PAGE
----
Flux engineering for indium tin oxide nanotree crystal alignment and height-dependent branch orientation

Download
  1. Get@NRC: Flux engineering for indium tin oxide nanotree crystal alignment and height-dependent branch orientation (Opens in a new window)
DOIResolve DOI: http://doi.org/10.1021/cg3013798
AuthorSearch for: ; Search for: ; Search for: ; Search for: ; Search for: ; Search for:
TypeArticle
Journal titleCrystal Growth and Design
ISSN1528-7483
Volume13
Issue1
Pages212219; # of pages: 8
SubjectAzimuthal orientation; Biaxial textures; Competitive growth; Crystal texture; Dynamic controls; Glancing Angle Deposition; Growth surfaces; In-plane orientation; Indium tin oxide; Nanotrees; Oriented structure; Out-of-plane; Pole figure; Preferential orientation; Substrate rotation; Vapor fluxes; Vapor-liquid-solid growth; Alignment; Indium compounds; Nanowires; Vapors; X-ray diffraction; Crystal orientation
AbstractSingle-crystal indium tin oxide (ITO) nanotrees with engineered trunk and branch orientations are grown using a recently reported technique combining vapor-liquid-solid growth and glancing angle deposition (VLS-GLAD). In this work, three unique capabilities of VLS-GLAD are demonstrated for the first time: (i) nanotrees are aligned without epitaxy, (ii) branches can be placed on select faces of the nanotree trunk, and (iii) branch orientation can be modified along the height of nanotrees. VLS-GLAD uses a collimated obliquely incident vapor flux to place material on desired growth surfaces, resulting in preferential branch growth on the sides of the nanotree trunk exposed to the flux at the time of nucleation. Dynamic control of the azimuthal orientation of the flux relative to a growing nanotree enables the preferential orientation of branches to be modulated along the height of the nanotree, which we have demonstrated with both continuous and discrete substrate rotation schemes. An electron diffraction investigation confirms that the nanotrees can be considered as a single crystal, with continuity of the crystal structure across the trunk-branch interface. Crystal texture of the films is characterized by X-ray diffraction pole figures. By limiting the flux to discrete positions, the films develop both out-of-plane and in-plane crystal alignment (biaxial texture). We interpret the in-plane orientation as the result of competitive growth, which leads to evolutionary selection of similarly oriented structures. Control over in-plane nanotree crystal alignment and height-dependent branch orientation should increase the achievable complexity in three-dimensional nanowire architectures. © 2012 American Chemical Society.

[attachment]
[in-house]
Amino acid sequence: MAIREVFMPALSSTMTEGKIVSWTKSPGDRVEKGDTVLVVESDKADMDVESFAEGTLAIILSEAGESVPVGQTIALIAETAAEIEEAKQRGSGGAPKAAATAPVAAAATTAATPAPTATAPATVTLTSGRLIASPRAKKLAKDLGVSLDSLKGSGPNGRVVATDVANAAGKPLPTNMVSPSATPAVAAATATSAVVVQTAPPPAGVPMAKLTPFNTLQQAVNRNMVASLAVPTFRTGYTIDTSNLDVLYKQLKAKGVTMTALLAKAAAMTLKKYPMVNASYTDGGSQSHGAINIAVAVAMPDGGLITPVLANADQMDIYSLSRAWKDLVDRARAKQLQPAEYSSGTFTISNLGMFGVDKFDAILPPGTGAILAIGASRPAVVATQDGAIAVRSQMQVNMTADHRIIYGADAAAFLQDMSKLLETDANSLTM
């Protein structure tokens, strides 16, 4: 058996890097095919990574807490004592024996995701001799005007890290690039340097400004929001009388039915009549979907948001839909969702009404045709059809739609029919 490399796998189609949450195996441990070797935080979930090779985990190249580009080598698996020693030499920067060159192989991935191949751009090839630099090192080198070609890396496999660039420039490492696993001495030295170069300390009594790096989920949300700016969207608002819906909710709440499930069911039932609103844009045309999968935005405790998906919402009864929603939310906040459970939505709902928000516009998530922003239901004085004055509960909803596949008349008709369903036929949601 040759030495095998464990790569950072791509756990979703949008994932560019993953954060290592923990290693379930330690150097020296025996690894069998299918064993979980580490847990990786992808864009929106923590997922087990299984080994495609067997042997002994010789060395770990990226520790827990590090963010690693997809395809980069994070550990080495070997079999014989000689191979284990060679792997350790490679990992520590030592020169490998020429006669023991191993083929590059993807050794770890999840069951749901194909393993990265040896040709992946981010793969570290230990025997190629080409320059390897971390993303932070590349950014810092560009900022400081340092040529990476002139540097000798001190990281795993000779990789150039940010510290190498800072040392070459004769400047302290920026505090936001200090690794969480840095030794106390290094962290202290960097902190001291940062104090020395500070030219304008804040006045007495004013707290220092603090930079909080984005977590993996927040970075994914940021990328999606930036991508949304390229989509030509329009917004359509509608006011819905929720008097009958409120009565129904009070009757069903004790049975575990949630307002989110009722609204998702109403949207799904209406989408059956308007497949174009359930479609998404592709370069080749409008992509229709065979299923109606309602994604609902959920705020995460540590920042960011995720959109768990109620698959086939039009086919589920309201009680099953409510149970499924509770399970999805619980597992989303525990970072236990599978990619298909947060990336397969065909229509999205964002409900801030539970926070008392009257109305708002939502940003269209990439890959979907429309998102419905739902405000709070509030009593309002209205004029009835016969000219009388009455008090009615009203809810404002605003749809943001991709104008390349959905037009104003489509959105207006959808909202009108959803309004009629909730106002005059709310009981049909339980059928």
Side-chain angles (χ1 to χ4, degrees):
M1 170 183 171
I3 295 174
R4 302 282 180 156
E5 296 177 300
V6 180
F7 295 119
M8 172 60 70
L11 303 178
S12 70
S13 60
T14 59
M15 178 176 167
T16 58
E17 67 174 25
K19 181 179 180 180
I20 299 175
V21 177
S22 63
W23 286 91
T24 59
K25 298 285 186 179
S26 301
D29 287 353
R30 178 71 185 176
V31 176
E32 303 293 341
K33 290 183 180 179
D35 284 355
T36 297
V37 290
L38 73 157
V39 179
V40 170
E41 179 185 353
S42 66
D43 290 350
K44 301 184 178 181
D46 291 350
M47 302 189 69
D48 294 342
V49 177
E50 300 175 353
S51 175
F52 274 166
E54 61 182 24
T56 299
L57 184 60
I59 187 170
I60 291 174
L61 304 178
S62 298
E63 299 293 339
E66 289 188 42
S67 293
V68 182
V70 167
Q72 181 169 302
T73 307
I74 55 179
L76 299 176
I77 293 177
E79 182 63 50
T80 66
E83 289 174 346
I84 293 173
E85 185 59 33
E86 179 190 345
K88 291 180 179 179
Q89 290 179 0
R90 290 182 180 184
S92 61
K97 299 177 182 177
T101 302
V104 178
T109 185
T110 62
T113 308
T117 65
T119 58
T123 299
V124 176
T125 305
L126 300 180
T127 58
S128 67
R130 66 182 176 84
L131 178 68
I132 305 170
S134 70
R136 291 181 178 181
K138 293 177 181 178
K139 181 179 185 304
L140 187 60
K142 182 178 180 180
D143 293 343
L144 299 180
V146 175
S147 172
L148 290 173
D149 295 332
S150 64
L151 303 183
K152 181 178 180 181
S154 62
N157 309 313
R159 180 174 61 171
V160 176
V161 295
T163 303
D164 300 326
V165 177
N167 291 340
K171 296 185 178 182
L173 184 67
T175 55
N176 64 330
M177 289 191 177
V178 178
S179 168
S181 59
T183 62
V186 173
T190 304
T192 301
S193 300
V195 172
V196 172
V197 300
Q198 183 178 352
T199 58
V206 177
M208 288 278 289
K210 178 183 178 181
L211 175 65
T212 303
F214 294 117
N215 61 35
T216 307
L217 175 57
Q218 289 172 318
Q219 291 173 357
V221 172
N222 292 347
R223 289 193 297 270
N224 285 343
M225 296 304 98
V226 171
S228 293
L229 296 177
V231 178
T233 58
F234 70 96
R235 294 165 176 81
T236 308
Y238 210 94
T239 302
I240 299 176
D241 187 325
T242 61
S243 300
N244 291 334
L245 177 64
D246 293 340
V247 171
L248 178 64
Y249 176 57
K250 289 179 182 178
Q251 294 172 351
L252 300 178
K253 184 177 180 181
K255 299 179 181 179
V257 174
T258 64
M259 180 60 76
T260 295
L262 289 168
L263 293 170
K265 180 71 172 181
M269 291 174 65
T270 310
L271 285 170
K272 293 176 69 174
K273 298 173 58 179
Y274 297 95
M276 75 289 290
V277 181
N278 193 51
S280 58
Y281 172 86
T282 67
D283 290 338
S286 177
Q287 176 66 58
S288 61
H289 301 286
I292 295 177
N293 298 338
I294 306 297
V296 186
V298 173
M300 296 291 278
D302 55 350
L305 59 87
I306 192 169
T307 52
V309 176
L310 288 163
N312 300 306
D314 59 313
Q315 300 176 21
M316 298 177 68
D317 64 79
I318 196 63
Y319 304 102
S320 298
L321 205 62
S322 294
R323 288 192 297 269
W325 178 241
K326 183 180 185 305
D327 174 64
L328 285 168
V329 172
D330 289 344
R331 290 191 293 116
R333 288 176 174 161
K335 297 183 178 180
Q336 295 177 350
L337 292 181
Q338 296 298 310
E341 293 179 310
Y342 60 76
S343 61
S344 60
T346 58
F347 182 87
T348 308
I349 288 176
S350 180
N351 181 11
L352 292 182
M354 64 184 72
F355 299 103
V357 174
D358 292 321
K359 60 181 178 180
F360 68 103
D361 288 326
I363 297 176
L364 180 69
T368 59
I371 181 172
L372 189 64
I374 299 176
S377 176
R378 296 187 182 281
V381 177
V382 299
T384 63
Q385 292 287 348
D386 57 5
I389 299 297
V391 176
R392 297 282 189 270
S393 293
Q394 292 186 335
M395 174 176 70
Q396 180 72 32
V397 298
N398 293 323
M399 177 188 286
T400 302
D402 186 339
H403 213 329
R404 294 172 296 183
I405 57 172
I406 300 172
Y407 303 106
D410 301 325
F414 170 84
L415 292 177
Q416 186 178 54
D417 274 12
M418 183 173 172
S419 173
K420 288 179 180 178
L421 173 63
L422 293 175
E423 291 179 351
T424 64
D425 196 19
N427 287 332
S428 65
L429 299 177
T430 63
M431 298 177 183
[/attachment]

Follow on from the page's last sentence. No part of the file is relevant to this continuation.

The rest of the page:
Publication date
LanguageEnglish
AffiliationNational Research Council Canada (NRC-CNRC); Security and Disruptive Technologies
Peer reviewedYes
NPARC number21271794
Export citationExport as RIS
Report a correctionReport a correction
Record identifier4fd1c8ce-6b49-4d09-9c0b-e85570c7c00c
Record created2014-04-22
Record modified2016-05-09
Bookmark and share
  • Share this page with Facebook (Opens in a new window)
  • Share this page with Twitter (Opens in a new window)
  • Share this page with Google+ (Opens in a new window)
  • Share this page with Delicious (Opens in a new window)